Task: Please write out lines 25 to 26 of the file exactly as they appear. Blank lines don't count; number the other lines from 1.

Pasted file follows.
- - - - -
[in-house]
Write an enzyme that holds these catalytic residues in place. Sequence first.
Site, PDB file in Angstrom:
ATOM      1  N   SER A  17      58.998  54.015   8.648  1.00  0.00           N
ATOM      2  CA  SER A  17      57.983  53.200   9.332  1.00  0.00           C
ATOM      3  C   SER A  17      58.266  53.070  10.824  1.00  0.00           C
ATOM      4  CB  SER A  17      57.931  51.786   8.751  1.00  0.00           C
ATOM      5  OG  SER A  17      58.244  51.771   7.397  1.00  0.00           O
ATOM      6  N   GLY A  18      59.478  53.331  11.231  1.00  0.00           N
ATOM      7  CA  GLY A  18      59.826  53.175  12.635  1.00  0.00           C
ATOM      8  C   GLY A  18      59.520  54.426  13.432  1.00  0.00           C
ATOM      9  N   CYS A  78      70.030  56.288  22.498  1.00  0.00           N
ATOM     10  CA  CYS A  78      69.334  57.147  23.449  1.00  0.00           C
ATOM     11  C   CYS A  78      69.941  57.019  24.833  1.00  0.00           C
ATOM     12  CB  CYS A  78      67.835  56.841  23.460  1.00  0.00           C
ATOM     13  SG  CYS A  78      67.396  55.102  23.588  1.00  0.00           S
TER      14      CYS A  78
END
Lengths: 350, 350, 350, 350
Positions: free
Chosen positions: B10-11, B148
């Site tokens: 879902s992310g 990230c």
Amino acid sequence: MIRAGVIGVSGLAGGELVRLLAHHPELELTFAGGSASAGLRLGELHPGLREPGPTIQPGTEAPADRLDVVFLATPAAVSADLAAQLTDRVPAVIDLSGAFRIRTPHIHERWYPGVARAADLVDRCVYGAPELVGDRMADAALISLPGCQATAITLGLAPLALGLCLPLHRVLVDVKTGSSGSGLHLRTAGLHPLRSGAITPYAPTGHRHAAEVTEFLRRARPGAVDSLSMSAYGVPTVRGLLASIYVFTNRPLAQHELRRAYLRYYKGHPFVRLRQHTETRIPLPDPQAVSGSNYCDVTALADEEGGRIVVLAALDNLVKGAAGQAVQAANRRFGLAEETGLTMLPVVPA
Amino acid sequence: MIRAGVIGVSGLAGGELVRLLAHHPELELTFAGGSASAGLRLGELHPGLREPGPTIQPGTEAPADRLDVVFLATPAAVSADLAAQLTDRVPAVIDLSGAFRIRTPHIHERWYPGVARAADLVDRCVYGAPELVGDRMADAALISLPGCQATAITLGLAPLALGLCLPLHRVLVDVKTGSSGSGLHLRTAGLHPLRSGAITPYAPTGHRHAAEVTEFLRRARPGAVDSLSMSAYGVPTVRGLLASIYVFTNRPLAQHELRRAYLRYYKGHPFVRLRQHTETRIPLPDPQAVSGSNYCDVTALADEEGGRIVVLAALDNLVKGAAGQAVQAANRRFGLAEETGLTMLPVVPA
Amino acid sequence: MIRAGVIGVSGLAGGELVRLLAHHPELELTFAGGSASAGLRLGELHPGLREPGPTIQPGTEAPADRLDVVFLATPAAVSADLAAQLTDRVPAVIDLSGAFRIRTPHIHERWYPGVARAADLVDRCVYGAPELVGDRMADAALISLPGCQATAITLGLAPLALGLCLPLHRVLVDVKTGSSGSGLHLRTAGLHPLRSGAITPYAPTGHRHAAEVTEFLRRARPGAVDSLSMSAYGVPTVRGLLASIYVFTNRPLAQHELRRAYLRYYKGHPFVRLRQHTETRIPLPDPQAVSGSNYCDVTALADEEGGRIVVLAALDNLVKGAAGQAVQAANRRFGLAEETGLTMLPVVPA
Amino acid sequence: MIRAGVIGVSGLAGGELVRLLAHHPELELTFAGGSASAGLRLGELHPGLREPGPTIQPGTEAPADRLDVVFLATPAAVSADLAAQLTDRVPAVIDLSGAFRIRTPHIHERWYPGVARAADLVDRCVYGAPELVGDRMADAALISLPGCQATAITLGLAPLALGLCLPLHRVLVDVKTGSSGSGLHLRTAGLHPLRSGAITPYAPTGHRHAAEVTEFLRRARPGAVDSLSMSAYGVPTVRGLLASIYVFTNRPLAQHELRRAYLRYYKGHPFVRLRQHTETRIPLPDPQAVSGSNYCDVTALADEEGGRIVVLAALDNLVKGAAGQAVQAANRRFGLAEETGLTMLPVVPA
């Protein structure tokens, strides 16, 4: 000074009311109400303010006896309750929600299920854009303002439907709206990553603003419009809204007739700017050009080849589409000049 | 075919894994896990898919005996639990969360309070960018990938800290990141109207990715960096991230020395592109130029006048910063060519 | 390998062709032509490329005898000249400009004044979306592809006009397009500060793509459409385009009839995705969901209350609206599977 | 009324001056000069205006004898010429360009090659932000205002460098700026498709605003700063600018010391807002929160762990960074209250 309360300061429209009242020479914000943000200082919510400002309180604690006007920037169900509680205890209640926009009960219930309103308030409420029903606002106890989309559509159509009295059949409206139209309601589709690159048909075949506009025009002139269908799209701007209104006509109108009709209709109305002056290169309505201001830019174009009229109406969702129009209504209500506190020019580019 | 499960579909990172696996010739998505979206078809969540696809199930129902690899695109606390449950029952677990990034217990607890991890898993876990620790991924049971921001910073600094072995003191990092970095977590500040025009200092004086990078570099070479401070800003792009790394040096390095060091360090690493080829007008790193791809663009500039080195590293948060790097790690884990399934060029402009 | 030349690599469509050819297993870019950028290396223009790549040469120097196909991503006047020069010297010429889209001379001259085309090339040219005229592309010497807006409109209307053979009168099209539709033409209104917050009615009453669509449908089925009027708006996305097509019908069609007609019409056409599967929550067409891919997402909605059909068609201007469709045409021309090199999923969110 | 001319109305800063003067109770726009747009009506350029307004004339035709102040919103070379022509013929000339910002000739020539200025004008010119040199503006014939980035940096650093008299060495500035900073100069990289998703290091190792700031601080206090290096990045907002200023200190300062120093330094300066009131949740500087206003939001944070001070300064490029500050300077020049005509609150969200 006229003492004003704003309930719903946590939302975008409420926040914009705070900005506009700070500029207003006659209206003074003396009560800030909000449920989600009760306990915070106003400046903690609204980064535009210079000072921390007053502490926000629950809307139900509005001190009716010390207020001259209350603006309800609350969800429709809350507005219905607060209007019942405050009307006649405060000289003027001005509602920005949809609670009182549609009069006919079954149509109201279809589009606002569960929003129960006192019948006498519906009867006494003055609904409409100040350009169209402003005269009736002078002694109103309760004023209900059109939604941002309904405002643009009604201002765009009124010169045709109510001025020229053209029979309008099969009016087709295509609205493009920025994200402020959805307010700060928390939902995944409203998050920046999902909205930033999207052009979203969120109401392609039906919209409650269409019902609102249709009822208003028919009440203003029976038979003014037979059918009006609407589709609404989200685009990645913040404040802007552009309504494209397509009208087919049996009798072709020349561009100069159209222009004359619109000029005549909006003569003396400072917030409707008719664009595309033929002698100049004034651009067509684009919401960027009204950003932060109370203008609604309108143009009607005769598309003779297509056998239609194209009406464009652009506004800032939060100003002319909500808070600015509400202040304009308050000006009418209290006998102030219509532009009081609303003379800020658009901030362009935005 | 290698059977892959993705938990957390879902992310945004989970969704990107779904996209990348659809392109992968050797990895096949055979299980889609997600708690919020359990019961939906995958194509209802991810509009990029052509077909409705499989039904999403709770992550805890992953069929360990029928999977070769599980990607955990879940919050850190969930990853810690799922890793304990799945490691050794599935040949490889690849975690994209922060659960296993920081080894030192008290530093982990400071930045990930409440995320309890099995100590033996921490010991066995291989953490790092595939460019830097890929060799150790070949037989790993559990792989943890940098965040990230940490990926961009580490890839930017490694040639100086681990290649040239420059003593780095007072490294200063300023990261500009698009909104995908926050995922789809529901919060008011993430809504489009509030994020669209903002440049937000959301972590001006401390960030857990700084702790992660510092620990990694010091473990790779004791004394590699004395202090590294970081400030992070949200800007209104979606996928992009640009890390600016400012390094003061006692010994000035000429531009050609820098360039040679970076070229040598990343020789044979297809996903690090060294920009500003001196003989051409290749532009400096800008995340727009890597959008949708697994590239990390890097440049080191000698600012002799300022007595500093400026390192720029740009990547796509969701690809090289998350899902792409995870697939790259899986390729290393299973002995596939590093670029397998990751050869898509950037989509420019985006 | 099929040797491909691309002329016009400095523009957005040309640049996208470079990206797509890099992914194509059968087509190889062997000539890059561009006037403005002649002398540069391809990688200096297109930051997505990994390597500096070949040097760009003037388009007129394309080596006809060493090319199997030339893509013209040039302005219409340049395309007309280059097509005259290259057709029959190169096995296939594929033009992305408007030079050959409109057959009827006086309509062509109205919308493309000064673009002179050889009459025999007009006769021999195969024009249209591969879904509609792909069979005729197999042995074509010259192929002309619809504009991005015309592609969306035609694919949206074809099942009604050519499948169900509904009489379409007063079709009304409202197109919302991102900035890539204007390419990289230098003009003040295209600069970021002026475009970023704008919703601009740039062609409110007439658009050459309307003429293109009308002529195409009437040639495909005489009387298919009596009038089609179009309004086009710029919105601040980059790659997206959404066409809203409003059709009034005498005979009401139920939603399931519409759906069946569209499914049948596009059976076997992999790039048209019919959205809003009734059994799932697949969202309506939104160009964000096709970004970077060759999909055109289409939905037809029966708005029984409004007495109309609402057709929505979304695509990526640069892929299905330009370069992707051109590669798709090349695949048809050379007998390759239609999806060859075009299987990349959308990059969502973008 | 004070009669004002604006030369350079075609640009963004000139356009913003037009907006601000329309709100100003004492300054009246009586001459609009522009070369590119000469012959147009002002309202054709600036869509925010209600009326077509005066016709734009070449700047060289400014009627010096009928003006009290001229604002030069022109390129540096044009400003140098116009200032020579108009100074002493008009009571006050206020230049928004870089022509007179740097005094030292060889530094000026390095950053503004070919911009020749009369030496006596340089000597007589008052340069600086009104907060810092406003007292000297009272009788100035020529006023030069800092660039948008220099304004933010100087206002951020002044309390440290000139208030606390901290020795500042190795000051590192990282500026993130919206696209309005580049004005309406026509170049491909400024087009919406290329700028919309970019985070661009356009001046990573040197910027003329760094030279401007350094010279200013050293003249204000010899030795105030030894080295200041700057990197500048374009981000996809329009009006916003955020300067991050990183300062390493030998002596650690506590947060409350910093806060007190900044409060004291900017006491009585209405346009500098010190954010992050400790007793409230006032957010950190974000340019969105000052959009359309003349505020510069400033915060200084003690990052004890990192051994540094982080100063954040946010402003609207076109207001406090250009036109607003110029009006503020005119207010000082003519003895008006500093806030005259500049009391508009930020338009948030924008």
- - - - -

Amino acid sequence: MIRAGVIGVSGLAGGELVRLLAHHPELELTFAGGSASAGLRLGELHPGLREPGPTIQPGTEAPADRLDVVFLATPAAVSADLAAQLTDRVPAVIDLSGAFRIRTPHIHERWYPGVARAADLVDRCVYGAPELVGDRMADAALISLPGCQATAITLGLAPLALGLCLPLHRVLVDVKTGSSGSGLHLRTAGLHPLRSGAITPYAPTGHRHAAEVTEFLRRARPGAVDSLSMSAYGVPTVRGLLASIYVFTNRPLAQHELRRAYLRYYKGHPFVRLRQHTETRIPLPDPQAVSGSNYCDVTALADEEGGRIVVLAALDNLVKGAAGQAVQAANRRFGLAEETGLTMLPVVPA
Amino acid sequence: MIRAGVIGVSGLAGGELVRLLAHHPELELTFAGGSASAGLRLGELHPGLREPGPTIQPGTEAPADRLDVVFLATPAAVSADLAAQLTDRVPAVIDLSGAFRIRTPHIHERWYPGVARAADLVDRCVYGAPELVGDRMADAALISLPGCQATAITLGLAPLALGLCLPLHRVLVDVKTGSSGSGLHLRTAGLHPLRSGAITPYAPTGHRHAAEVTEFLRRARPGAVDSLSMSAYGVPTVRGLLASIYVFTNRPLAQHELRRAYLRYYKGHPFVRLRQHTETRIPLPDPQAVSGSNYCDVTALADEEGGRIVVLAALDNLVKGAAGQAVQAANRRFGLAEETGLTMLPVVPA